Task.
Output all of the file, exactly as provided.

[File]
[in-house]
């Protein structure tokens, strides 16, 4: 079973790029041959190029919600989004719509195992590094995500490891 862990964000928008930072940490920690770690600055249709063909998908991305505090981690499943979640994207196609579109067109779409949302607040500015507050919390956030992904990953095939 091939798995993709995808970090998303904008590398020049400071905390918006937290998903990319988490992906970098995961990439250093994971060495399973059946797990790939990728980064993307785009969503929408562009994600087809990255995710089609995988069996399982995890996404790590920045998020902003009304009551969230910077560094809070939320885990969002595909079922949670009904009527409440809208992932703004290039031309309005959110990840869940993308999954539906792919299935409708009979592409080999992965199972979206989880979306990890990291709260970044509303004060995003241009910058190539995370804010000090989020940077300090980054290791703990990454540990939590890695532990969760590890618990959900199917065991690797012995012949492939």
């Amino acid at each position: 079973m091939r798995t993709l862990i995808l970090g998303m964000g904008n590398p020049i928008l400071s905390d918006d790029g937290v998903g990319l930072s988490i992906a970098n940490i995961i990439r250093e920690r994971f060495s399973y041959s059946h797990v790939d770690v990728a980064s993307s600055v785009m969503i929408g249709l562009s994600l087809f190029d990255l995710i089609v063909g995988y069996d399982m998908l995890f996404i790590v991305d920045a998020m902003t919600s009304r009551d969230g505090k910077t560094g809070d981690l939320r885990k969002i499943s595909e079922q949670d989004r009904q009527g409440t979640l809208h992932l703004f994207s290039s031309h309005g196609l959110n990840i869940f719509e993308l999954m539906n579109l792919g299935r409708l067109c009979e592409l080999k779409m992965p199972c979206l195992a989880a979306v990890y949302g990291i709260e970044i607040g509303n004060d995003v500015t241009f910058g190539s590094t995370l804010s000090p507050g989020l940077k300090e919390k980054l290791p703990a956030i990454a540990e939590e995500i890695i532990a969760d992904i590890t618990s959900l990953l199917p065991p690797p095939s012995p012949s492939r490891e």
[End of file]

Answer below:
[in-house]
């Protein structure tokens, strides 16, 4: 079973790029041959190029919600989004719509195992590094995500490891 862990964000928008930072940490920690770690600055249709063909998908991305505090981690499943979640994207196609579109067109779409949302607040500015507050919390956030992904990953095939 091939798995993709995808970090998303904008590398020049400071905390918006937290998903990319988490992906970098995961990439250093994971060495399973059946797990790939990728980064993307785009969503929408562009994600087809990255995710089609995988069996399982995890996404790590920045998020902003009304009551969230910077560094809070939320885990969002595909079922949670009904009527409440809208992932703004290039031309309005959110990840869940993308999954539906792919299935409708009979592409080999992965199972979206989880979306990890990291709260970044509303004060995003241009910058190539995370804010000090989020940077300090980054290791703990990454540990939590890695532990969760590890618990959900199917065991690797012995012949492939």
């Amino acid at each position: 079973m091939r798995t993709l862990i995808l970090g998303m964000g904008n590398p020049i928008l400071s905390d918006d790029g937290v998903g990319l930072s988490i992906a970098n940490i995961i990439r250093e920690r994971f060495s399973y041959s059946h797990v790939d770690v990728a980064s993307s600055v785009m969503i929408g249709l562009s994600l087809f190029d990255l995710i089609v063909g995988y069996d399982m998908l995890f996404i790590v991305d920045a998020m902003t919600s009304r009551d969230g505090k910077t560094g809070d981690l939320r885990k969002i499943s595909e079922q949670d989004r009904q009527g409440t979640l809208h992932l703004f994207s290039s031309h309005g196609l959110n990840i869940f719509e993308l999954m539906n579109l792919g299935r409708l067109c009979e592409l080999k779409m992965p199972c979206l195992a989880a979306v990890y949302g990291i709260e970044i607040g509303n004060d995003v500015t241009f910058g190539s590094t995370l804010s000090p507050g989020l940077k300090e919390k980054l290791p703990a956030i990454a540990e939590e995500i890695i532990a969760d992904i590890t618990s959900l990953l199917p065991p690797p095939s012995p012949s492939r490891e």